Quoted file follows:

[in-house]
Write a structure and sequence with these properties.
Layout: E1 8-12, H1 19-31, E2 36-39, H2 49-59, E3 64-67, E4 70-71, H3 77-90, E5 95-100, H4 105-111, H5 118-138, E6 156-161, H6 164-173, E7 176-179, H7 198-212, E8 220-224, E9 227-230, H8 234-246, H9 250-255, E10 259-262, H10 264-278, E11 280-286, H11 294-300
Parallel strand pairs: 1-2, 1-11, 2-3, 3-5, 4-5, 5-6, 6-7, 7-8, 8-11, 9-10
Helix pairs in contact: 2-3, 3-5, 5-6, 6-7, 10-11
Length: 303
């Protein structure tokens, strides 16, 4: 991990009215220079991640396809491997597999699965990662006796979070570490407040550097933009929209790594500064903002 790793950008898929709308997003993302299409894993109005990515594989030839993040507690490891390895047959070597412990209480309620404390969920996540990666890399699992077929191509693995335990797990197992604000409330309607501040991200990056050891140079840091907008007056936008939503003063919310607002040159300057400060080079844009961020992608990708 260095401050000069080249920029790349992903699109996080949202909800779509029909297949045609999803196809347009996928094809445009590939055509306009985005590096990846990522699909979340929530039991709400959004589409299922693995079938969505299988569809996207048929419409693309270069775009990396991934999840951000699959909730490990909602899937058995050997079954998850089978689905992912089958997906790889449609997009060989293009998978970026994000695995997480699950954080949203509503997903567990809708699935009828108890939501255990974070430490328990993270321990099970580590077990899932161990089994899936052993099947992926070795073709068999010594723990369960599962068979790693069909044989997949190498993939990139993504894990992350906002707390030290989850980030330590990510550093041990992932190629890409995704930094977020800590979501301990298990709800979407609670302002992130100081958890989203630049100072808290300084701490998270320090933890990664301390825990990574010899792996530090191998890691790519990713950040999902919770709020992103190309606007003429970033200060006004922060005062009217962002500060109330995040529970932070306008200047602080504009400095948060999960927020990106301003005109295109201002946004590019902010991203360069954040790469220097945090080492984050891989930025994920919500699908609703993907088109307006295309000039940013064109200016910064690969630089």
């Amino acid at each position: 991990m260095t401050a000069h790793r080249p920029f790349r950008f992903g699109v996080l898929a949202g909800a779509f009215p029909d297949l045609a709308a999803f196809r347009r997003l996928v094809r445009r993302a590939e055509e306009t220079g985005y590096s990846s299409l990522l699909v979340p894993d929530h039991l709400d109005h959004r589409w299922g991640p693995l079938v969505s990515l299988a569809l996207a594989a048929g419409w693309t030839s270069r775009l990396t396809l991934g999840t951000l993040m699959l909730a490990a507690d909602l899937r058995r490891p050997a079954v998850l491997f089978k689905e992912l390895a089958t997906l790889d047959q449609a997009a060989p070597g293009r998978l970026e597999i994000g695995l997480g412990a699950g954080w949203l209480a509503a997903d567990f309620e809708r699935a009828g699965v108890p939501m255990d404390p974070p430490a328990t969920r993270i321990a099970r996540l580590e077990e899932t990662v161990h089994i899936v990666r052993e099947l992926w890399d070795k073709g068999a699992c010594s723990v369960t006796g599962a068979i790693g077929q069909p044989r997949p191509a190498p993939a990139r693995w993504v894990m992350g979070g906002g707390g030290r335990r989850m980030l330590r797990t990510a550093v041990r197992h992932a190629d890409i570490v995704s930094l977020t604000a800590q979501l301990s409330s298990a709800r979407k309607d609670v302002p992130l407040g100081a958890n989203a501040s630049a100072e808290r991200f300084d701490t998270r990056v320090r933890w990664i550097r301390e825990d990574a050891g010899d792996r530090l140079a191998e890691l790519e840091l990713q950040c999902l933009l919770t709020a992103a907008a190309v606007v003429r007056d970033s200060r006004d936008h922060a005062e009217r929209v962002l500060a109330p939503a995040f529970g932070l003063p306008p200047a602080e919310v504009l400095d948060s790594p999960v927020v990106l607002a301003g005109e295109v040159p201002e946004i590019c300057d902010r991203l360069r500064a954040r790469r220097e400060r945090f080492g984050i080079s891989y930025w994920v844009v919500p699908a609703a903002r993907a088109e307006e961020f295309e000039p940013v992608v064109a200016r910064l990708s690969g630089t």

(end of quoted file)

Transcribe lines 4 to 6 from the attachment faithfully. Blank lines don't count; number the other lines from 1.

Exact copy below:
Parallel strand pairs: 1-2, 1-11, 2-3, 3-5, 4-5, 5-6, 6-7, 7-8, 8-11, 9-10
Helix pairs in contact: 2-3, 3-5, 5-6, 6-7, 10-11
Length: 303